Twenty miles outside Austin, just into the hill country, the morning mist lingers in gossamer pockets. A retired Nana and bonafied city girl, with a life-long unsatisfied love of horses, I thoroughly enjoyed my part-time job doing light housekeeping, cooking for Sally and caring for her two horses
From her wheelchair by the big bay window Sally looked out through the huge bay windows at the corral where a single deer was grazing – on grass meant for the horses.
“Look at that deer! You just can’t get rid of ‘em!”
“You want me to go yell at them, Sally?”
“Yes, would you , please.”
I stopped stirring the oatmeal, ran out the side door into the garage and burst through the outer door like a one-woman SWAT Team, albeit not nearly as fast.
You have to remember that I grew up in the sixties, when Westerns ruled prime time television. My brothers and I laid on the floor, with Daddy in his recliner, and watched every weekly episode of “Rawhide”, “Bonanza”, “High Chapparal”, to name just a few. Western movies, and especially ones starring John Wayne, were better than ice cream.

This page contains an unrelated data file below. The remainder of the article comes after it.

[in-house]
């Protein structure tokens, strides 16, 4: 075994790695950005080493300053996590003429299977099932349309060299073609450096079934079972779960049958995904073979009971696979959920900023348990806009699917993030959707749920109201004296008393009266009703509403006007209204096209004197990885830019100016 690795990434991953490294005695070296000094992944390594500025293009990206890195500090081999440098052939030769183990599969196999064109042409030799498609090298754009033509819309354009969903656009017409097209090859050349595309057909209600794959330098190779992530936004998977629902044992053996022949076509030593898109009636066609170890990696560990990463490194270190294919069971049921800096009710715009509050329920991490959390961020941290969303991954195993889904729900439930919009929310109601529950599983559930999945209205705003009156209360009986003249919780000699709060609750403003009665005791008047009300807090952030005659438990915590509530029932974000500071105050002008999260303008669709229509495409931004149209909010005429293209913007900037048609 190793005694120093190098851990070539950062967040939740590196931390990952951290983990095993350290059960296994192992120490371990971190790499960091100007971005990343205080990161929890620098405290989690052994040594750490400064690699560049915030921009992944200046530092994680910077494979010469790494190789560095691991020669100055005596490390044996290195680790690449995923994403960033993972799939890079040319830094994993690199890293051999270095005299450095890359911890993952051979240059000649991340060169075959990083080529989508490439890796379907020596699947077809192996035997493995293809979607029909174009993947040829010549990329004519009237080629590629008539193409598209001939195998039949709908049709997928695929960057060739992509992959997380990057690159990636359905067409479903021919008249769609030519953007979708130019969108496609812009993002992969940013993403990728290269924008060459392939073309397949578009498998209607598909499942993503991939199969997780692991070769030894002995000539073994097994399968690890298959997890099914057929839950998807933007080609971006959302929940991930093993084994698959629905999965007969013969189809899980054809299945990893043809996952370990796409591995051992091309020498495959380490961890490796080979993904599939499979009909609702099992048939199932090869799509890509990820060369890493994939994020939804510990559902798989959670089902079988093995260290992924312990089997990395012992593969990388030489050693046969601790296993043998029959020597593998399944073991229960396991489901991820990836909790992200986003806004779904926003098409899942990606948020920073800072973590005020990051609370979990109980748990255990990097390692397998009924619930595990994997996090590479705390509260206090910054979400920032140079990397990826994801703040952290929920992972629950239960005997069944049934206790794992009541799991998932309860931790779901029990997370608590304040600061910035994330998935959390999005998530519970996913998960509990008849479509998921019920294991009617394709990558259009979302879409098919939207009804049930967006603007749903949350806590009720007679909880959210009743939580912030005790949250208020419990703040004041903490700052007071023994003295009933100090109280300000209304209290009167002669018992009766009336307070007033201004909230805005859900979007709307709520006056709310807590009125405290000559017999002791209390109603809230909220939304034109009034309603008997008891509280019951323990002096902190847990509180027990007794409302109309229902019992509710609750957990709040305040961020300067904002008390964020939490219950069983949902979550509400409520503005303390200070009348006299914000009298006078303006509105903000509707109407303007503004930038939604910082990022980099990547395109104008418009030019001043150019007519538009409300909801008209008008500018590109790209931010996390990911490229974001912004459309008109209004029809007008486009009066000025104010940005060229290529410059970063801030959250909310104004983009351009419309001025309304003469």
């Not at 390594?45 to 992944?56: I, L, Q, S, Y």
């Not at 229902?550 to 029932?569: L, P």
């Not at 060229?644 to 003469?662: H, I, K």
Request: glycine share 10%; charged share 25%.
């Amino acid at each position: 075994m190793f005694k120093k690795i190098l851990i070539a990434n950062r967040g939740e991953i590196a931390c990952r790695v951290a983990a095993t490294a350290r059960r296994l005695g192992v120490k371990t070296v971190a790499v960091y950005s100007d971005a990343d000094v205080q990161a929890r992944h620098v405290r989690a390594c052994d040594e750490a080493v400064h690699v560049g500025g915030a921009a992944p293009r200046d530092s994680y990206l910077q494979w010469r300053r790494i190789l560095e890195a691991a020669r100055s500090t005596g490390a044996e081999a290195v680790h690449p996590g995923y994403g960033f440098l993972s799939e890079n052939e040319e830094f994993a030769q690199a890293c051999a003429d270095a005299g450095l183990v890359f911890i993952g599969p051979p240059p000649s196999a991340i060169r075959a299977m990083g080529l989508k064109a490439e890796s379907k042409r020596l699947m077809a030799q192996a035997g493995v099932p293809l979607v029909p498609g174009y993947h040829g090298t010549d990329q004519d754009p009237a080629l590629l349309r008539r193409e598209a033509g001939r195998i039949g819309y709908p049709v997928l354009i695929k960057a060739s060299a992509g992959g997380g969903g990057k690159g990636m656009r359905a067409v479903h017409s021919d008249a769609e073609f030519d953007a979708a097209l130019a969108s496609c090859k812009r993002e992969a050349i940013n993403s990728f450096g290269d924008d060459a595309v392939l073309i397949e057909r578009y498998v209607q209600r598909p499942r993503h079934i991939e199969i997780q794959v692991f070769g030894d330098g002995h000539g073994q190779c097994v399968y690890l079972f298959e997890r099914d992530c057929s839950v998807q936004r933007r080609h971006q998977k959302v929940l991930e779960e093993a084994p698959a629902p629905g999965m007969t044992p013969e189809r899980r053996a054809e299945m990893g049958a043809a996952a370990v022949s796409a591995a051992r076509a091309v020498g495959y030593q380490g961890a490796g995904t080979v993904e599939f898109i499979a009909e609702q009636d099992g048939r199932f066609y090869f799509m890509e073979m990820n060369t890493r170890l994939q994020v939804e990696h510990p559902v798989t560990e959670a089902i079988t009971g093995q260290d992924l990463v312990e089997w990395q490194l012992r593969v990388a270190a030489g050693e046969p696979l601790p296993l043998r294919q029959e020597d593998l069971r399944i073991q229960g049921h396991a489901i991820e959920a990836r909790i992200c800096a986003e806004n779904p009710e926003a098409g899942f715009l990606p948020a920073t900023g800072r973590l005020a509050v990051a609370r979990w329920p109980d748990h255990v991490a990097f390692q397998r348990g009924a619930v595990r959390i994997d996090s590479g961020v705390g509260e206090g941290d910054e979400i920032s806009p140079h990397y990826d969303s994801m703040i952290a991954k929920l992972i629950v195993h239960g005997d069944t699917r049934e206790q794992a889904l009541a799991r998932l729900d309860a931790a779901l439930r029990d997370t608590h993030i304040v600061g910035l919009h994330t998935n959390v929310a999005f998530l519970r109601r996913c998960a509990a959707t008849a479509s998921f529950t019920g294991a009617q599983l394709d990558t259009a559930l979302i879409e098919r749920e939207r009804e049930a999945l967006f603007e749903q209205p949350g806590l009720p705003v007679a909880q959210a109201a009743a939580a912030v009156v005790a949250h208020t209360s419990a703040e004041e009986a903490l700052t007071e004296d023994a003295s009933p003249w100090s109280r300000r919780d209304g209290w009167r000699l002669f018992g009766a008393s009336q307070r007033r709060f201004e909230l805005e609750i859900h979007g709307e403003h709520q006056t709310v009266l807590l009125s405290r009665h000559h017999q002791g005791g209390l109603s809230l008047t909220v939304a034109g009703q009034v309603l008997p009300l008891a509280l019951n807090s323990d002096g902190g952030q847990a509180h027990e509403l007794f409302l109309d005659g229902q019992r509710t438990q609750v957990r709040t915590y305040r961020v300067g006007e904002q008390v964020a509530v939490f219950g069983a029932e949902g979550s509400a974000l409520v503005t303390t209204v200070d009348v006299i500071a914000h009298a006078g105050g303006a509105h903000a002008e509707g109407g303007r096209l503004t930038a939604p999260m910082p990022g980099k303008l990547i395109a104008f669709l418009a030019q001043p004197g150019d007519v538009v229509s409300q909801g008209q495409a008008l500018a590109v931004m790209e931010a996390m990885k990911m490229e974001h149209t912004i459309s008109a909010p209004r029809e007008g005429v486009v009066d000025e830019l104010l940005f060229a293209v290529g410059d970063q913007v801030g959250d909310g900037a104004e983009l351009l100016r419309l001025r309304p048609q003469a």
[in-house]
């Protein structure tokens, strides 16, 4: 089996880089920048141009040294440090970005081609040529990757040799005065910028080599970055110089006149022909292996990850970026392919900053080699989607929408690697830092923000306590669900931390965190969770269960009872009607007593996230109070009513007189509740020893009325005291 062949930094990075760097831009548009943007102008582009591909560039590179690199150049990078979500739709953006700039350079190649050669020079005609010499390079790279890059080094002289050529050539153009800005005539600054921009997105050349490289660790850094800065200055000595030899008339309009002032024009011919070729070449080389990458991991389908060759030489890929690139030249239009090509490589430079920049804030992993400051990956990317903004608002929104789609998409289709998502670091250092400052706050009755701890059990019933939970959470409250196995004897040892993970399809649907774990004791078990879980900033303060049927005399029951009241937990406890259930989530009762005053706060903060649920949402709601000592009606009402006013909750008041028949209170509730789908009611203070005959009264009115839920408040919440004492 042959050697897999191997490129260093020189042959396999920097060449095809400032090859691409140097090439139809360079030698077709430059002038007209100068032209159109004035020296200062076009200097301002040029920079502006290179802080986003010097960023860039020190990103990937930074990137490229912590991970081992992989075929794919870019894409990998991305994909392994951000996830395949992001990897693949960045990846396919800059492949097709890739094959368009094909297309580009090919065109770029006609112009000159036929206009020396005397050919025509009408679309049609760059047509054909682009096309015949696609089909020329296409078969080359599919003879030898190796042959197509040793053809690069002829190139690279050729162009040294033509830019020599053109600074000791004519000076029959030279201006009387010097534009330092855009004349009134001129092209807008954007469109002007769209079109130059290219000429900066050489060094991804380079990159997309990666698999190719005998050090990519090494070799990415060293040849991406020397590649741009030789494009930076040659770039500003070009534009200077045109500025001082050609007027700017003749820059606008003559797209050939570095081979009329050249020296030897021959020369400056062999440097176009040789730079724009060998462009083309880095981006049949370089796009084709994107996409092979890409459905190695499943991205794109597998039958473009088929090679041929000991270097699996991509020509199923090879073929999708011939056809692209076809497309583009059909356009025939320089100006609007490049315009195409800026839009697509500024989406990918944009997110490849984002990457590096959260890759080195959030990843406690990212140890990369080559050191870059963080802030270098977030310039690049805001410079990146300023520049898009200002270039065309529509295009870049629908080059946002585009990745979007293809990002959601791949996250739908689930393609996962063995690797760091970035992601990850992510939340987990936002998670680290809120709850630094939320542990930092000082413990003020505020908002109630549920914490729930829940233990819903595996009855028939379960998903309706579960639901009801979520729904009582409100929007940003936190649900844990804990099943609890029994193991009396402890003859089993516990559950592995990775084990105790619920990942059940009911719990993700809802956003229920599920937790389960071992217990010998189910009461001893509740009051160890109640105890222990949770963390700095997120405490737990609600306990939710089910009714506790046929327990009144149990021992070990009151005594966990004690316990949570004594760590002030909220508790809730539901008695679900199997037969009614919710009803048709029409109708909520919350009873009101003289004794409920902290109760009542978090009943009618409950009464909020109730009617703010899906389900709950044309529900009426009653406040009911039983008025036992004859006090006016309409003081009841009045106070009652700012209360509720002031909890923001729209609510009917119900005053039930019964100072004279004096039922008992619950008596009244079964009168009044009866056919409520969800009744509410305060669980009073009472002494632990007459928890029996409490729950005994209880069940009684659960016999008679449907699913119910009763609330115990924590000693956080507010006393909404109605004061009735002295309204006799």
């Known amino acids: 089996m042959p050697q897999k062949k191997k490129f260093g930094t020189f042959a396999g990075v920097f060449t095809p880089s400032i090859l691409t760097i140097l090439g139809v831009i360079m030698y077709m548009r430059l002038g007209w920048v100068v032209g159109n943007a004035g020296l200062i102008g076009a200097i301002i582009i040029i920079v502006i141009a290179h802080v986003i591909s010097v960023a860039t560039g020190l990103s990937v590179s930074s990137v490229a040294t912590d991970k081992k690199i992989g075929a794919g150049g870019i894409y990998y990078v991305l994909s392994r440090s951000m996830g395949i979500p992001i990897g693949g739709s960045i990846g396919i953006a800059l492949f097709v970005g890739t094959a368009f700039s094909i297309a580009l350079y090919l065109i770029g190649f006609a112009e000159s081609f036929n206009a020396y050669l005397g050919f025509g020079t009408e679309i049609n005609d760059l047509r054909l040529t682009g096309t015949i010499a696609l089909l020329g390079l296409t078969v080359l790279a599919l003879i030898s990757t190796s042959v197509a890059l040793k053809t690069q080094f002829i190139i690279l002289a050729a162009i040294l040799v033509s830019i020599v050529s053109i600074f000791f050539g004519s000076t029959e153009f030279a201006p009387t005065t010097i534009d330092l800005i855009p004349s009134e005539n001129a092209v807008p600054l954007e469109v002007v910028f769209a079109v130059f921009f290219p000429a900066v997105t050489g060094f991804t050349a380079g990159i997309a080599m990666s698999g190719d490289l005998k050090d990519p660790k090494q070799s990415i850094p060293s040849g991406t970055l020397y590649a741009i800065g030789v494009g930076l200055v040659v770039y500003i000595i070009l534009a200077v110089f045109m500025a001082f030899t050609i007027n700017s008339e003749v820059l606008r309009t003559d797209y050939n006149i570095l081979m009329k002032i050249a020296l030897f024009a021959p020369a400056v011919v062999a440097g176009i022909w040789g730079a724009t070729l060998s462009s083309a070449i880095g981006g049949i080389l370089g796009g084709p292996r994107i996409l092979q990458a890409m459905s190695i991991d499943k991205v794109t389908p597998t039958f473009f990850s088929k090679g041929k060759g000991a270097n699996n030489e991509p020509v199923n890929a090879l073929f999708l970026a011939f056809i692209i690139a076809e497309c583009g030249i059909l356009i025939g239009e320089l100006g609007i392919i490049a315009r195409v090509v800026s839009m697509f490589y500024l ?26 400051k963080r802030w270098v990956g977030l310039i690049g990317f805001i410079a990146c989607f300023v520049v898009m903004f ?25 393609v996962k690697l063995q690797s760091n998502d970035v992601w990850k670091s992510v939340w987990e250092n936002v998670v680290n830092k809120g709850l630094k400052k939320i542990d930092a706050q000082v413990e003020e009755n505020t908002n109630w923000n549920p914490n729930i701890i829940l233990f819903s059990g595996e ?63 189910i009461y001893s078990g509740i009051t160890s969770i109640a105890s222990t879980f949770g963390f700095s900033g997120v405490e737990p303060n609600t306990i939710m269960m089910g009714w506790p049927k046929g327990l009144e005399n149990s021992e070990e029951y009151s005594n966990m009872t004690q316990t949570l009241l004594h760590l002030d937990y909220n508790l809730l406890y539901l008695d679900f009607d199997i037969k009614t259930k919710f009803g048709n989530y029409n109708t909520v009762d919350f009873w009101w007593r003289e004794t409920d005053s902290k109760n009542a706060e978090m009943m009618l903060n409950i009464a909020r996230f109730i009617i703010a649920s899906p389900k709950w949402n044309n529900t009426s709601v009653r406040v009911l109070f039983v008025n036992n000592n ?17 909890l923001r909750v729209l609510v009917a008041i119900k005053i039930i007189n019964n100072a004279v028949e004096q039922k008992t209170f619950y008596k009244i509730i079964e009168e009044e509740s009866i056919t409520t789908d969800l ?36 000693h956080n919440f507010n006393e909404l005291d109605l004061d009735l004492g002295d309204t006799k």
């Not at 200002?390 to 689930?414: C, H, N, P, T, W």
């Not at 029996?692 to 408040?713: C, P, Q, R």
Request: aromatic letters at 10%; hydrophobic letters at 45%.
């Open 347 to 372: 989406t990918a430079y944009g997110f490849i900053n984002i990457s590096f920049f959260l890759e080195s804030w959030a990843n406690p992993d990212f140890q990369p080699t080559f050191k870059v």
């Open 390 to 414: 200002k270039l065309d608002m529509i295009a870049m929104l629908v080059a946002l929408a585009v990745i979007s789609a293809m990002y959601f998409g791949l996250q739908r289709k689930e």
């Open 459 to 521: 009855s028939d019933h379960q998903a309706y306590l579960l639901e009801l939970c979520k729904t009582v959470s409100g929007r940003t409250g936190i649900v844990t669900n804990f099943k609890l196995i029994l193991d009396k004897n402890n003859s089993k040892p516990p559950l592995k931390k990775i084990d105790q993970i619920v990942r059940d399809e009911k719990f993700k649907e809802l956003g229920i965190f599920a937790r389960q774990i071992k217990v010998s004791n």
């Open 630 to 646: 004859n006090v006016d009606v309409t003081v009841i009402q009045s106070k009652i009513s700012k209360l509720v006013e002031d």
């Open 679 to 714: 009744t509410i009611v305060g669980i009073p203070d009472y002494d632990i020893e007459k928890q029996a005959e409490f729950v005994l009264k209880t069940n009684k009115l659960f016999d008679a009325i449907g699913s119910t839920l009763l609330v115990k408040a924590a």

So, I had seen cowpokes and horse wranglers, waiving their lariats and yelling “Yeehaw! With great intensity, I attempted to duplicate that motion now, flapping my long arms in place of a lariat.
Well, several things happened all at once – and all in slow motion, to remain forever frozen in my mind. Since moving to Texas, I had often heard what effect deer had when they collided with a car.
First, that lone deer jumped straight up and high-tailed it, literally, toward the larger pasture to the right of the barn and corral. Second, in the same instant, both horses also jumped but, thank the good and merciful Lord, did not bolt. Now, the third thing is where things got interesting.
Third, the deer who had been behind the house to the left, hidden from my view as he munched on the bushes next to the oak tree, leaped and soared within five feet of me on his way to the same pasture as the others. Fourth, his or her companion, two short seconds slower, ran behind me, this time within three feet. It was getting crowded I guess on the only pathway away from the obviously insane human.
Fifth, I stood still – for how long, I don’t know, reflecting that what I had just done was not the wisest move I had ever made. Sixth, a bit shakily I turned and went back inside, pondering what I knew happened when a deer and a car collided. What would a full-steam ahead dear and human collision look like? Not so great for the human, I was sure of that.
Sally and I got a good laugh, but I think about it every time I see a deer, which is often. Next Christmas, I don’t think I’ll laugh so hard when I hear that song “Grandma got run over by the reindeer.” Nana almost did!